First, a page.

Good SEO / Bad SEO
Having worked on many web sites over the years that need to perform well with Google (and occasionally Yahoo and MSN, just to be fair), a common set of questions always seems to come up among my clients. This series of articles is an attempt to get a few of these answers down in one place.
Search Engine Optimization (SEO) is not my profession, but as a web designer/developer, it’s a subject I’ve developed an interest in out of both necessity and curiosity. I believe that anyone who designs, develops, or depends on web sites needs to have at least a rudimentary understanding of the subject.
Yet the subject of SEO is a bit of a mess, filled with half truths, old or bad information, and people willing to spread it for financial gain. And it’s a very enticing carrot for many clients, because high placement on Google is more valuable than beachfront property.
With that introduction, the first article in this series starts with on-site SEO, and serves as a list of best practices for web designers and developers. It’s also written for clients as a way to gauge their own web sites.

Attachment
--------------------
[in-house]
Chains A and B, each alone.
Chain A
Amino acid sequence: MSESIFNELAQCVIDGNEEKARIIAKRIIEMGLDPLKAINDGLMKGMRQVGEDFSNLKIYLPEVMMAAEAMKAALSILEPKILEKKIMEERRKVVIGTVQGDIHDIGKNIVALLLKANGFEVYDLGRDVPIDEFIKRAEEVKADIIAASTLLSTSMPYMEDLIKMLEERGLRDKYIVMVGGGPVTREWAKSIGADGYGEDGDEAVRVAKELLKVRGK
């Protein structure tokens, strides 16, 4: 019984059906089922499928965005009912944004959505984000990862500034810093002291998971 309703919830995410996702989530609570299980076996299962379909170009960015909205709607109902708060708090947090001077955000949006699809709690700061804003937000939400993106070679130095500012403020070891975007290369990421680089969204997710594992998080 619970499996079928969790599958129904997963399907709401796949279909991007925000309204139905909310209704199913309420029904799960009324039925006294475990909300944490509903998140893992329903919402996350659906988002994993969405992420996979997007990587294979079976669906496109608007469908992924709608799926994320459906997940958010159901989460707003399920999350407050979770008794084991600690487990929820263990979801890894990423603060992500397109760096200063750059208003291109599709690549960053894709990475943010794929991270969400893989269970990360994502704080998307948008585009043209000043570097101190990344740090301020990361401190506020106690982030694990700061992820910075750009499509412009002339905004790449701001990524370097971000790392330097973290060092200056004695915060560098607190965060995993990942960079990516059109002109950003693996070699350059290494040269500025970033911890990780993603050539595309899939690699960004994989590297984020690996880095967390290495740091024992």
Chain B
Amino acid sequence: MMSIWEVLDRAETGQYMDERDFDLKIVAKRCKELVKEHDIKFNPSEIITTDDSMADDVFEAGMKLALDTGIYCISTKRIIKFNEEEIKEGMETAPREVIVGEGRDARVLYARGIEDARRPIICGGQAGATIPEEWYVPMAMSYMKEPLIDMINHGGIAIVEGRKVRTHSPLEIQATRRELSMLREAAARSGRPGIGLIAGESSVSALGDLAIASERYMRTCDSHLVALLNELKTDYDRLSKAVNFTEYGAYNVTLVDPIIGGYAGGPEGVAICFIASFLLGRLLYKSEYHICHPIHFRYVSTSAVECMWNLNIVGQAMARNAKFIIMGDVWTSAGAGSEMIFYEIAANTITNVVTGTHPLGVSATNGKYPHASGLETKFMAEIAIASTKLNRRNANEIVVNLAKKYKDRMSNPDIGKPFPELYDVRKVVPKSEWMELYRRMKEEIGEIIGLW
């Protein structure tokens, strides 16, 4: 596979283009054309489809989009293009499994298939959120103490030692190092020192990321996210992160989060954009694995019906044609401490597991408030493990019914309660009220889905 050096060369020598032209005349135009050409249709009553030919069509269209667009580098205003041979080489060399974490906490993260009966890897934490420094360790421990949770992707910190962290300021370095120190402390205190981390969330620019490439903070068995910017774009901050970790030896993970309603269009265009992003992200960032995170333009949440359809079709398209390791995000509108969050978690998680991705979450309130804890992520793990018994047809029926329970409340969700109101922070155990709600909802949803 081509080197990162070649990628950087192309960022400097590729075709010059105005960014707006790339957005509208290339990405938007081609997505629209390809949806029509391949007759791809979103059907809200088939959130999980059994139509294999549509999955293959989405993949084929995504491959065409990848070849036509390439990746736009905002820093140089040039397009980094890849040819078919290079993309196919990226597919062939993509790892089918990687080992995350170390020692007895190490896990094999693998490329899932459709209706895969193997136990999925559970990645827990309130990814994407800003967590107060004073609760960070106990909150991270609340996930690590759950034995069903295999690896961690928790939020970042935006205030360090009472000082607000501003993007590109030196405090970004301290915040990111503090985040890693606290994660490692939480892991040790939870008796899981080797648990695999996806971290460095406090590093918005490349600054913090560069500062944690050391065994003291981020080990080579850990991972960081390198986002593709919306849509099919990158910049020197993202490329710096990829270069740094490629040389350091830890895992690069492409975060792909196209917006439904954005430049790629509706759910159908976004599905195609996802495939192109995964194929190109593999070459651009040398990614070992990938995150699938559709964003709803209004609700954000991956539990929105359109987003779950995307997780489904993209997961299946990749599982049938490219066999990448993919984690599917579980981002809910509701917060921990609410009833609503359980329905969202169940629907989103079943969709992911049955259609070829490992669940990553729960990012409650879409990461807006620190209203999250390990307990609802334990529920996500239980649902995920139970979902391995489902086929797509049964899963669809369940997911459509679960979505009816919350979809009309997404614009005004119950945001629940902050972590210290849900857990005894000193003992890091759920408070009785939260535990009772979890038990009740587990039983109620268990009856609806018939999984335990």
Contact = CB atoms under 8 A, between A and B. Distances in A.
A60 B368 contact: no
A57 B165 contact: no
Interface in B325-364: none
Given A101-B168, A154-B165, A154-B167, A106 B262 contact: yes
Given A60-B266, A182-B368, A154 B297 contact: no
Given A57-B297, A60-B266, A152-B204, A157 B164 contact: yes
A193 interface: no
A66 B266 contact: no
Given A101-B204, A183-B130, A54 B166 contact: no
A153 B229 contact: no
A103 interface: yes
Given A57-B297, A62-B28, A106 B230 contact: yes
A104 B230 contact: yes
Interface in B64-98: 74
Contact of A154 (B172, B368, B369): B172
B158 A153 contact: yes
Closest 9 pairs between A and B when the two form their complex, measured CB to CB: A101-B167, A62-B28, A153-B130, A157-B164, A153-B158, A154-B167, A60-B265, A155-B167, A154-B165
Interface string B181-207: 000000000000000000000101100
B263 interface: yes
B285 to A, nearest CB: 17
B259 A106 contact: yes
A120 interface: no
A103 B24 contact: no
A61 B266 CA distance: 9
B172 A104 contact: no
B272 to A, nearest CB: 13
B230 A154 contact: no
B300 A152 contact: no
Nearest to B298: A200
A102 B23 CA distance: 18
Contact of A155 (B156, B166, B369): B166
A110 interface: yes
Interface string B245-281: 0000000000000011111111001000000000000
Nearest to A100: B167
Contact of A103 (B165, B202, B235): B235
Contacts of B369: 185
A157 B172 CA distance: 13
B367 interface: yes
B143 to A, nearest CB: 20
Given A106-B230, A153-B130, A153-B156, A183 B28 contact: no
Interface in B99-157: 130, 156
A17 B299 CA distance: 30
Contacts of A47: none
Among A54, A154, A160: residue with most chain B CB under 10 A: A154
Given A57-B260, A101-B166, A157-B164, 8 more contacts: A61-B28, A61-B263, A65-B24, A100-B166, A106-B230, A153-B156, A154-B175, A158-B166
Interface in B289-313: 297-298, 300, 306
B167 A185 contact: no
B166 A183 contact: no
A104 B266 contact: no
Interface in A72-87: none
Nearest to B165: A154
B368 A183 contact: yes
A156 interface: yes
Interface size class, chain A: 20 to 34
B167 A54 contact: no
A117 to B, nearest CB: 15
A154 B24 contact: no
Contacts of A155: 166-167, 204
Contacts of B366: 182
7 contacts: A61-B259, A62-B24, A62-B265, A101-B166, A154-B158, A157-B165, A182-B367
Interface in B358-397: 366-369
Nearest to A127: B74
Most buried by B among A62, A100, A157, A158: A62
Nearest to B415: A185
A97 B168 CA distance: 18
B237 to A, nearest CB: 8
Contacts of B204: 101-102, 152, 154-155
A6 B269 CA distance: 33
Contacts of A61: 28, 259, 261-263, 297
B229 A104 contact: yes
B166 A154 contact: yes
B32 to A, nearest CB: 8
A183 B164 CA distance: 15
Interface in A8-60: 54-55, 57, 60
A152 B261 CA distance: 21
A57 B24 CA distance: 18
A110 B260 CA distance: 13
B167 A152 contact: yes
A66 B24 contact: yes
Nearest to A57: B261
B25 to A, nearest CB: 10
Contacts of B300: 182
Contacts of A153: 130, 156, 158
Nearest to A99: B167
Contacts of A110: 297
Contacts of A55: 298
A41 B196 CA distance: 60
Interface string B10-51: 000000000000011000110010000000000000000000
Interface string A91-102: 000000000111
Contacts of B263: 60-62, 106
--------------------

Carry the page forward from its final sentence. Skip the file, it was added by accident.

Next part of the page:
- Using Google’s First Click Free with PHP
Content in subscription web sites is naturally limited for search engines. This type of content can’t be indexed by Google because you have to log in to view it. How do you retain the benefits of being indexed by Google and still maintain subscriber-only content?
- On-Site SEO Best Practices
If done correctly, your site will be highly accessible to search engines and take full advantage the resulting benefits. That’s our goal with sites we produce, and below are the best practices that we try emphasize.